role in the run-up to the nancial crisis. No one has carried out a careful analysis of the cases against the
large banks brought by the Department of Justice and, in the second article, by the Federal Housing
Finance Agency.
Keywords Banks, Department of Justice, Fines, Government housing policy, Legal basis for nes
Paper type Research paper
Introduction
This article examines the cases brought against the major banks by the Department of
Justice and sets them in the context of the government’s housing policy and the key role
played in the housing market by the two main government-sponsored enterprises
(GSEs) Fannie Mae and Freddie Mac. The argument outlined briey in this report is that
understanding the government’s housing policy and its impact on the housing market
makes it difcult to lay the blame for the nancial crisis on the banks alone.
The fundamental questions are: were the Complaints against the banks justied?
First, as a matter of law and, then, given the political pressures and the government
housing policies prevailing at the time, I argue that the legal basis of the Complaints is
not without question, both for complex reasons set out here and also because that the
The current issue and full text archive of this journal is available on Emerald Insight at:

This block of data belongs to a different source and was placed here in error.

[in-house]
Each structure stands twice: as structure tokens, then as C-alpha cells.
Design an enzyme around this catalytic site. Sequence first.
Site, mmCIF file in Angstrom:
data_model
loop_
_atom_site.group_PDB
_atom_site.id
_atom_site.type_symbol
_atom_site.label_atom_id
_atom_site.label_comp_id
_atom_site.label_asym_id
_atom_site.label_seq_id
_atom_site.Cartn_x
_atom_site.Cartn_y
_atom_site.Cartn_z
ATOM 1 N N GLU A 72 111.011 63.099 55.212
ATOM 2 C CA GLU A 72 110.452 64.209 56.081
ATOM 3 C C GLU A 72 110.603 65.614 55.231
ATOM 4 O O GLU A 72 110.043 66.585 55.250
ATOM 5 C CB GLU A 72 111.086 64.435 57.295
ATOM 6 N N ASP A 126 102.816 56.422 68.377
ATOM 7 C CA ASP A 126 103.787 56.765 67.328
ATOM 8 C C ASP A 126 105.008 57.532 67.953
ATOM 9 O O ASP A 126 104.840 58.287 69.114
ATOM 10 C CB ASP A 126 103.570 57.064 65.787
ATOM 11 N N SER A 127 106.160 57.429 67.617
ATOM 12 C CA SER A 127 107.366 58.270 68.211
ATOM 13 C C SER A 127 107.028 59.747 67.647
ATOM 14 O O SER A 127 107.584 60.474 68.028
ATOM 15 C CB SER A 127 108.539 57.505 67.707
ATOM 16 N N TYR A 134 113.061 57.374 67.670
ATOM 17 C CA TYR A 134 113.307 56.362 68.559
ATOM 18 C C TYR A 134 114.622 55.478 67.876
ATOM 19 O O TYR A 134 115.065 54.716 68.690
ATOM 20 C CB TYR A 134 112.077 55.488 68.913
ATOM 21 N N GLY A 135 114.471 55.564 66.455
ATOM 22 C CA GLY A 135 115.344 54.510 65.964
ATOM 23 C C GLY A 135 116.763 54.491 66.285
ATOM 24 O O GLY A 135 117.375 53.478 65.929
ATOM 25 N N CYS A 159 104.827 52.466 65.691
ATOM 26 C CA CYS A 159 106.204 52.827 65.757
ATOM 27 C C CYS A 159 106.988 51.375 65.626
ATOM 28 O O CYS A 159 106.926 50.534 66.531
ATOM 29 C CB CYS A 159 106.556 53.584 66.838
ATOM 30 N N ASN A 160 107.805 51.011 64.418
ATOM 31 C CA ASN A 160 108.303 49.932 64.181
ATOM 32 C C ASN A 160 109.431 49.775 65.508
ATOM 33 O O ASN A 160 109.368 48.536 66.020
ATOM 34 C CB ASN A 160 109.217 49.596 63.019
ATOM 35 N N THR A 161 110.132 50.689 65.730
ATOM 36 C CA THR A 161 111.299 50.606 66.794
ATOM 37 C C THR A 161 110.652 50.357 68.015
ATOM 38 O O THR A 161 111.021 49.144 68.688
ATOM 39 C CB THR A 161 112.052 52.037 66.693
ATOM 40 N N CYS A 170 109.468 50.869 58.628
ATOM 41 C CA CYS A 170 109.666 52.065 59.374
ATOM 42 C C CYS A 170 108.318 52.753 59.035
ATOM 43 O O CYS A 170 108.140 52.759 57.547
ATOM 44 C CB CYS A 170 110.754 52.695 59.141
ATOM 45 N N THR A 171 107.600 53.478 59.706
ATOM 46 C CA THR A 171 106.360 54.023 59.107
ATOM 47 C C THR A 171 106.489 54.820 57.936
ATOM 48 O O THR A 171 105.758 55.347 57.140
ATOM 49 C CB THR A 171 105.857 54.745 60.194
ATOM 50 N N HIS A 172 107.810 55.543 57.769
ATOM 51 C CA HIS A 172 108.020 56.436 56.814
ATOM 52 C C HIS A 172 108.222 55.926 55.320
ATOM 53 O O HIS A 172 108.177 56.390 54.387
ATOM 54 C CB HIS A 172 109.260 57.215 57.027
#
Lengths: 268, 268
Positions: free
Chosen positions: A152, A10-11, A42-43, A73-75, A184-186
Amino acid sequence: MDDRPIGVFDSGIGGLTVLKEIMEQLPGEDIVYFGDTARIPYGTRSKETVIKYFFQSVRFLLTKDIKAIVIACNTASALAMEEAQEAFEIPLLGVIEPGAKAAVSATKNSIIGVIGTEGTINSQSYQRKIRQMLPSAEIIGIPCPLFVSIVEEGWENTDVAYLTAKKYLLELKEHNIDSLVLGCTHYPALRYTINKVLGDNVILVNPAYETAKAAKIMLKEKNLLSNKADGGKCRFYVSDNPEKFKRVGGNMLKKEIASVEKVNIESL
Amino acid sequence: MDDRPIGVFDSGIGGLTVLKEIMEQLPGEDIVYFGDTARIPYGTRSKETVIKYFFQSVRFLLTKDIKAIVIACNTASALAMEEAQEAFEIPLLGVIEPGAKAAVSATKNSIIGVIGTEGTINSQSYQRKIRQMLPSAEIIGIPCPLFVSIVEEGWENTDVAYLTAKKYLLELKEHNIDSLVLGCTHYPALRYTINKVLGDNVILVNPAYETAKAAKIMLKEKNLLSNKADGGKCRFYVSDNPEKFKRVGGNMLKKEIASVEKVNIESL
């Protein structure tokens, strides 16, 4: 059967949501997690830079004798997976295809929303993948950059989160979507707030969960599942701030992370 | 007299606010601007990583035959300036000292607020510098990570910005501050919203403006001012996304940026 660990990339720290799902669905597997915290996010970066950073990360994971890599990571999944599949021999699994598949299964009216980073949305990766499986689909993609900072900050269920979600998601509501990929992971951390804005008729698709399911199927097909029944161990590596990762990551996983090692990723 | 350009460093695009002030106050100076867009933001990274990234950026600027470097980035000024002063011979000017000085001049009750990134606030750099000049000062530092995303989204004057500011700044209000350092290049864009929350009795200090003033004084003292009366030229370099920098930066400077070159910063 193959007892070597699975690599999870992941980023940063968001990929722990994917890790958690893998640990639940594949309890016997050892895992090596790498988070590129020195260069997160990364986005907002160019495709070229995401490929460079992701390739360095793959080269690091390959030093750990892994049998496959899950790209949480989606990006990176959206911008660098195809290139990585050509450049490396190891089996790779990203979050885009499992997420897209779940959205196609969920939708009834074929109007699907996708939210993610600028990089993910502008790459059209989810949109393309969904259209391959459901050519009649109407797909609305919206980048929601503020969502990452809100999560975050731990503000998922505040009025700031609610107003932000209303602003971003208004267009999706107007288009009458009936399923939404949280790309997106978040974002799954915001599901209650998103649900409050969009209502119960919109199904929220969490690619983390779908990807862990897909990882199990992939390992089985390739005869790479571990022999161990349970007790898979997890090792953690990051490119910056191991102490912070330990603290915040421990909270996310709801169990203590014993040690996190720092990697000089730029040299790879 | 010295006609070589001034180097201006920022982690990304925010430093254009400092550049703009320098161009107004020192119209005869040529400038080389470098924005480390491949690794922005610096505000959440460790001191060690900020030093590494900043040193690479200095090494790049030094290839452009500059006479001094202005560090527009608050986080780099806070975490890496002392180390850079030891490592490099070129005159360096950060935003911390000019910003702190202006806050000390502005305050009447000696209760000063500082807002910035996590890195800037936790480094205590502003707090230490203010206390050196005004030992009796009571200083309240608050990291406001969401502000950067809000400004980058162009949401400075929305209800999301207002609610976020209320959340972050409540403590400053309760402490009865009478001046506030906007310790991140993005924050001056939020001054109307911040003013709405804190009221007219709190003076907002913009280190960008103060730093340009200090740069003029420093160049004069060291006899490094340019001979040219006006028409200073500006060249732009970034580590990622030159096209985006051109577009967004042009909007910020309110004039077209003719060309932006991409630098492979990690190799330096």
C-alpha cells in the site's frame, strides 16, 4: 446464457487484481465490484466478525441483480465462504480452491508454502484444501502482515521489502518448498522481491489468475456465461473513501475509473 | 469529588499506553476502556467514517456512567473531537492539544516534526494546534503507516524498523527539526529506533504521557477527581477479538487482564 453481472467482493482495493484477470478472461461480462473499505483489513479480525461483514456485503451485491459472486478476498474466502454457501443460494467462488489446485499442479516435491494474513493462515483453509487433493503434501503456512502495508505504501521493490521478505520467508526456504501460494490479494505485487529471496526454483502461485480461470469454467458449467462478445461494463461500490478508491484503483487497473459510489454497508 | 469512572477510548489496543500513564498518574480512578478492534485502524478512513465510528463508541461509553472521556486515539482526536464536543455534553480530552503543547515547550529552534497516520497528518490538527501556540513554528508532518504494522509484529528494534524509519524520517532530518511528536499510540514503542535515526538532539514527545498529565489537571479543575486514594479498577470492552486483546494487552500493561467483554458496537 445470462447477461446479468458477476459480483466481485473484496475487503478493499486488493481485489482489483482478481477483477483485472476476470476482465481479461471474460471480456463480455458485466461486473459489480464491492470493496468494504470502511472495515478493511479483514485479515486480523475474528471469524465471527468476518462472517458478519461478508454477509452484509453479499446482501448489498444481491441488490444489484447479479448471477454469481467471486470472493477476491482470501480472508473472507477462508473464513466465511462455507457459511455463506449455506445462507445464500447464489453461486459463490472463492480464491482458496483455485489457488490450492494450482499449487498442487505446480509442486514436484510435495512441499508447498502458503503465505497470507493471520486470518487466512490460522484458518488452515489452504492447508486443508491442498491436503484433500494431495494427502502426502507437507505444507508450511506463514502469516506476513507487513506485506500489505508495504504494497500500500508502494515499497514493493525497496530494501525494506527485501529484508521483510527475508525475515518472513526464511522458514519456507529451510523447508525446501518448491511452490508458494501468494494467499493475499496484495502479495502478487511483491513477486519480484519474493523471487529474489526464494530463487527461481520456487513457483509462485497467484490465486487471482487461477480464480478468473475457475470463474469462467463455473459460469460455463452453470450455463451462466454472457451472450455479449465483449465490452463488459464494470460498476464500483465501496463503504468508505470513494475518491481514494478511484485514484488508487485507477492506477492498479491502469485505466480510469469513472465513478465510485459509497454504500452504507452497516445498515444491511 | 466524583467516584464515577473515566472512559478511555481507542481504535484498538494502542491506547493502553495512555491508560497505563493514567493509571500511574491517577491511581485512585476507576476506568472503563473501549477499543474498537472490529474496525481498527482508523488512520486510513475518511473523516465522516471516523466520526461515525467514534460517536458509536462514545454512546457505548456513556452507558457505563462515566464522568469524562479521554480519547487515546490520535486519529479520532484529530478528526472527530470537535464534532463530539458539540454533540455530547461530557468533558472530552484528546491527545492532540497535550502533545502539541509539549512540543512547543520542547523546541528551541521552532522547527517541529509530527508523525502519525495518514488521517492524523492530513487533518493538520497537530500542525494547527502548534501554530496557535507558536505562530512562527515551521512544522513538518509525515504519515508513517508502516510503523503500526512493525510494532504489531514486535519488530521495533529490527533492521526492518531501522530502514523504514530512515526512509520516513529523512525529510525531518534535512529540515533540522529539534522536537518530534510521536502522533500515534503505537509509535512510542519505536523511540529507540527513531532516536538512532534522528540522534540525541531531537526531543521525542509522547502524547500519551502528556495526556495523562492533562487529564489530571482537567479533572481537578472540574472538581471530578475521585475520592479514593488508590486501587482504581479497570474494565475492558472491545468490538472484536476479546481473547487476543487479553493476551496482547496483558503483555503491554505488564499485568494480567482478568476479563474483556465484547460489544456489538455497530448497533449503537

www.emeraldinsight.com/1359-0790.htm
Banks to
account for
the nancial
crisis?
45
Journalof Financial Crime
Vol.23 No. 1, 2016
pp.45-69
©Emerald Group Publishing Limited
1359-0790
DOI 10.1108/JFC-08-2015-0041
Complaints apparently neglected to refer to the laws and regulations applicable at the
time.
A signicant issue, but one which has rarely been addressed in the context of the
Complaints and the settlements is this: what is the purpose of the settlements? If it is to
hold those allegedly responsible for the behaviour of the banks which supposedly led to
the nancial crisis, then the settlements with the banks did not lead to the prosecution of
any cases charging important gures in the mortgage and nancial services industry. It
appears that this was not the purpose in bringing these cases against the banks: if not,
what was the purpose?
Part I: from policy to mandate to market practice
It is necessary to understand the historical context in which the Complaints against the
banks arose to assess their validity. Government intervention in the housing market in
the USA has a long history stretching back into the Roosevelt era of the New Deal as part
of which the government sought to get the housing market going again after the Great